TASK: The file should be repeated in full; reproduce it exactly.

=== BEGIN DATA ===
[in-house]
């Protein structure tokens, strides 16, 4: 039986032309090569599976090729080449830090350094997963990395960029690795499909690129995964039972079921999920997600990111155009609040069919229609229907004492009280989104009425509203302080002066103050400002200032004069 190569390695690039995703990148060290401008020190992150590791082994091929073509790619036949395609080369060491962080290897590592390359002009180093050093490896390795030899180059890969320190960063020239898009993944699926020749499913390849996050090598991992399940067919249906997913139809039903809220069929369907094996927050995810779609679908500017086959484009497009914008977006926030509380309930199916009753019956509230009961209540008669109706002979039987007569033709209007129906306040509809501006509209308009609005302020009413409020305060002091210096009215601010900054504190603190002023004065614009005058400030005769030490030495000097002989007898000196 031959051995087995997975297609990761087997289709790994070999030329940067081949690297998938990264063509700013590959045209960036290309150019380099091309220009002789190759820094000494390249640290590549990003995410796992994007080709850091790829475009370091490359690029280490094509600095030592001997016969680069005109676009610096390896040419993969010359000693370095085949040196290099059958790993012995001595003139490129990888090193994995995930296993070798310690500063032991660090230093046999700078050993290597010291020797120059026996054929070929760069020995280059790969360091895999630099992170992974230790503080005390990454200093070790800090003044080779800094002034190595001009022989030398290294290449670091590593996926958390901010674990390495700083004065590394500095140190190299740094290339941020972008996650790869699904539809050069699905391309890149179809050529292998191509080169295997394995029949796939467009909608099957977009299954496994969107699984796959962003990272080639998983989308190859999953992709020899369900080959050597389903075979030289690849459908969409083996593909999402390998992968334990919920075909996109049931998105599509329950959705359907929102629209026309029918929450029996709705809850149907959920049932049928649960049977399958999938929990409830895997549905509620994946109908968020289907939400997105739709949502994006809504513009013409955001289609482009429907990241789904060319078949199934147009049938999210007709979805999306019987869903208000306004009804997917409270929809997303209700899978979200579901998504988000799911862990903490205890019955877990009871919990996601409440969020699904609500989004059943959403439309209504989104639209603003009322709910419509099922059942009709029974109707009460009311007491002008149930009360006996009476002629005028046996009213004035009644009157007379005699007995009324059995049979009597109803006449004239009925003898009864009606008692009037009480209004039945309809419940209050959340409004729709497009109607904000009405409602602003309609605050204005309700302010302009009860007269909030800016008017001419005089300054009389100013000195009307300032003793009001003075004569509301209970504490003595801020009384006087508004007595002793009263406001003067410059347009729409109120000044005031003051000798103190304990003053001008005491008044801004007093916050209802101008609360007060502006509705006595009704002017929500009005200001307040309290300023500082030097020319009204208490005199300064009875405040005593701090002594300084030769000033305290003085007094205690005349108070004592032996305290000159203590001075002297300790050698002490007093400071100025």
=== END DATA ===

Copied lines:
[in-house]
């Protein structure tokens, strides 16, 4: 039986032309090569599976090729080449830090350094997963990395960029690795499909690129995964039972079921999920997600990111155009609040069919229609229907004492009280989104009425509203302080002066103050400002200032004069 190569390695690039995703990148060290401008020190992150590791082994091929073509790619036949395609080369060491962080290897590592390359002009180093050093490896390795030899180059890969320190960063020239898009993944699926020749499913390849996050090598991992399940067919249906997913139809039903809220069929369907094996927050995810779609679908500017086959484009497009914008977006926030509380309930199916009753019956509230009961209540008669109706002979039987007569033709209007129906306040509809501006509209308009609005302020009413409020305060002091210096009215601010900054504190603190002023004065614009005058400030005769030490030495000097002989007898000196 031959051995087995997975297609990761087997289709790994070999030329940067081949690297998938990264063509700013590959045209960036290309150019380099091309220009002789190759820094000494390249640290590549990003995410796992994007080709850091790829475009370091490359690029280490094509600095030592001997016969680069005109676009610096390896040419993969010359000693370095085949040196290099059958790993012995001595003139490129990888090193994995995930296993070798310690500063032991660090230093046999700078050993290597010291020797120059026996054929070929760069020995280059790969360091895999630099992170992974230790503080005390990454200093070790800090003044080779800094002034190595001009022989030398290294290449670091590593996926958390901010674990390495700083004065590394500095140190190299740094290339941020972008996650790869699904539809050069699905391309890149179809050529292998191509080169295997394995029949796939467009909608099957977009299954496994969107699984796959962003990272080639998983989308190859999953992709020899369900080959050597389903075979030289690849459908969409083996593909999402390998992968334990919920075909996109049931998105599509329950959705359907929102629209026309029918929450029996709705809850149907959920049932049928649960049977399958999938929990409830895997549905509620994946109908968020289907939400997105739709949502994006809504513009013409955001289609482009429907990241789904060319078949199934147009049938999210007709979805999306019987869903208000306004009804997917409270929809997303209700899978979200579901998504988000799911862990903490205890019955877990009871919990996601409440969020699904609500989004059943959403439309209504989104639209603003009322709910419509099922059942009709029974109707009460009311007491002008149930009360006996009476002629005028046996009213004035009644009157007379005699007995009324059995049979009597109803006449004239009925003898009864009606008692009037009480209004039945309809419940209050959340409004729709497009109607904000009405409602602003309609605050204005309700302010302009009860007269909030800016008017001419005089300054009389100013000195009307300032003793009001003075004569509301209970504490003595801020009384006087508004007595002793009263406001003067410059347009729409109120000044005031003051000798103190304990003053001008005491008044801004007093916050209802101008609360007060502006509705006595009704002017929500009005200001307040309290300023500082030097020319009204208490005199300064009875405040005593701090002594300084030769000033305290003085007094205690005349108070004592032996305290000159203590001075002297300790050698002490007093400071100025």